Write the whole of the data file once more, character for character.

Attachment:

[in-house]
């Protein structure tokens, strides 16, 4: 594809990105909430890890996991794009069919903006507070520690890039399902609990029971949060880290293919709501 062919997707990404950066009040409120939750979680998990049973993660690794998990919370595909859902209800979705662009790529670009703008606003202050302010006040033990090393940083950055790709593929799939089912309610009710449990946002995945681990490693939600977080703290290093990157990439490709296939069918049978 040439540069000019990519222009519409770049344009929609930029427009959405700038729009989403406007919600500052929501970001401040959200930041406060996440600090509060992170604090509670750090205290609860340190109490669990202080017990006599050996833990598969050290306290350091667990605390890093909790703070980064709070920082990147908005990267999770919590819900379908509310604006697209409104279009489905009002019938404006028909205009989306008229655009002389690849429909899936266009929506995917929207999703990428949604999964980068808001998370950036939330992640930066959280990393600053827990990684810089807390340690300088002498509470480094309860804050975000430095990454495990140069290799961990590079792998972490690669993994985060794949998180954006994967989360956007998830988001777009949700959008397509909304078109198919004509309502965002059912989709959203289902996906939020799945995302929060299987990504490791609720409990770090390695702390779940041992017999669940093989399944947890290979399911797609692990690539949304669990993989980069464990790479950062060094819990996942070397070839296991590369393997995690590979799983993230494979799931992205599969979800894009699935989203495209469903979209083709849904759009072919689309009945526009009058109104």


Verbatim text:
[in-house]
């Protein structure tokens, strides 16, 4: 594809990105909430890890996991794009069919903006507070520690890039399902609990029971949060880290293919709501 062919997707990404950066009040409120939750979680998990049973993660690794998990919370595909859902209800979705662009790529670009703008606003202050302010006040033990090393940083950055790709593929799939089912309610009710449990946002995945681990490693939600977080703290290093990157990439490709296939069918049978 040439540069000019990519222009519409770049344009929609930029427009959405700038729009989403406007919600500052929501970001401040959200930041406060996440600090509060992170604090509670750090205290609860340190109490669990202080017990006599050996833990598969050290306290350091667990605390890093909790703070980064709070920082990147908005990267999770919590819900379908509310604006697209409104279009489905009002019938404006028909205009989306008229655009002389690849429909899936266009929506995917929207999703990428949604999964980068808001998370950036939330992640930066959280990393600053827990990684810089807390340690300088002498509470480094309860804050975000430095990454495990140069290799961990590079792998972490690669993994985060794949998180954006994967989360956007998830988001777009949700959008397509909304078109198919004509309502965002059912989709959203289902996906939020799945995302929060299987990504490791609720409990770090390695702390779940041992017999669940093989399944947890290979399911797609692990690539949304669990993989980069464990790479950062060094819990996942070397070839296991590369393997995690590979799983993230494979799931992205599969979800894009699935989203495209469903979209083709849904759009072919689309009945526009009058109104």